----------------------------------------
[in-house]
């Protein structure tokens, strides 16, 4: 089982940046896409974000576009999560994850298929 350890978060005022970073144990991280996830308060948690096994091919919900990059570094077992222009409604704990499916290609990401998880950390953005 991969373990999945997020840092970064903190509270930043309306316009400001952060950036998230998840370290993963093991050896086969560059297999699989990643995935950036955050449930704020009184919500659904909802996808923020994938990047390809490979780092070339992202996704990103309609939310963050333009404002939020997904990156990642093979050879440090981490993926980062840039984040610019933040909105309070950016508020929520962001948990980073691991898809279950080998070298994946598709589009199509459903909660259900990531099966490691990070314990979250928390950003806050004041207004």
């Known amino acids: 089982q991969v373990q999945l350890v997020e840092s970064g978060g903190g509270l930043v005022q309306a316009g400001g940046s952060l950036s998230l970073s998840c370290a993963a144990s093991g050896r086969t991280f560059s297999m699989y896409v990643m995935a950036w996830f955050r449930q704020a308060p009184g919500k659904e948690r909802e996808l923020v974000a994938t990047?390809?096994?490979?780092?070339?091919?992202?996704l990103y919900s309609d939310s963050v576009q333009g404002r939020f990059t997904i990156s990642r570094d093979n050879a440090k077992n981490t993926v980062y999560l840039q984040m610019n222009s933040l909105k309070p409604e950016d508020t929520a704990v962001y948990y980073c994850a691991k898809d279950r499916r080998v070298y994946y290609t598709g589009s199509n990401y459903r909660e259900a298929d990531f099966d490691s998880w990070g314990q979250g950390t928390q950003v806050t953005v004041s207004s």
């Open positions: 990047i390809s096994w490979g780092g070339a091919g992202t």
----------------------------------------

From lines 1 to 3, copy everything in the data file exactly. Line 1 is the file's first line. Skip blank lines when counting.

[in-house]
């Protein structure tokens, strides 16, 4: 089982940046896409974000576009999560994850298929 350890978060005022970073144990991280996830308060948690096994091919919900990059570094077992222009409604704990499916290609990401998880950390953005 991969373990999945997020840092970064903190509270930043309306316009400001952060950036998230998840370290993963093991050896086969560059297999699989990643995935950036955050449930704020009184919500659904909802996808923020994938990047390809490979780092070339992202996704990103309609939310963050333009404002939020997904990156990642093979050879440090981490993926980062840039984040610019933040909105309070950016508020929520962001948990980073691991898809279950080998070298994946598709589009199509459903909660259900990531099966490691990070314990979250928390950003806050004041207004």
């Known amino acids: 089982q991969v373990q999945l350890v997020e840092s970064g978060g903190g509270l930043v005022q309306a316009g400001g940046s952060l950036s998230l970073s998840c370290a993963a144990s093991g050896r086969t991280f560059s297999m699989y896409v990643m995935a950036w996830f955050r449930q704020a308060p009184g919500k659904e948690r909802e996808l923020v974000a994938t990047?390809?096994?490979?780092?070339?091919?992202?996704l990103y919900s309609d939310s963050v576009q333009g404002r939020f990059t997904i990156s990642r570094d093979n050879a440090k077992n981490t993926v980062y999560l840039q984040m610019n222009s933040l909105k309070p409604e950016d508020t929520a704990v962001y948990y980073c994850a691991k898809d279950r499916r080998v070298y994946y290609t598709g589009s199509n990401y459903r909660e259900a298929d990531f099966d490691s998880w990070g314990q979250g950390t928390q950003v806050t953005v004041s207004s």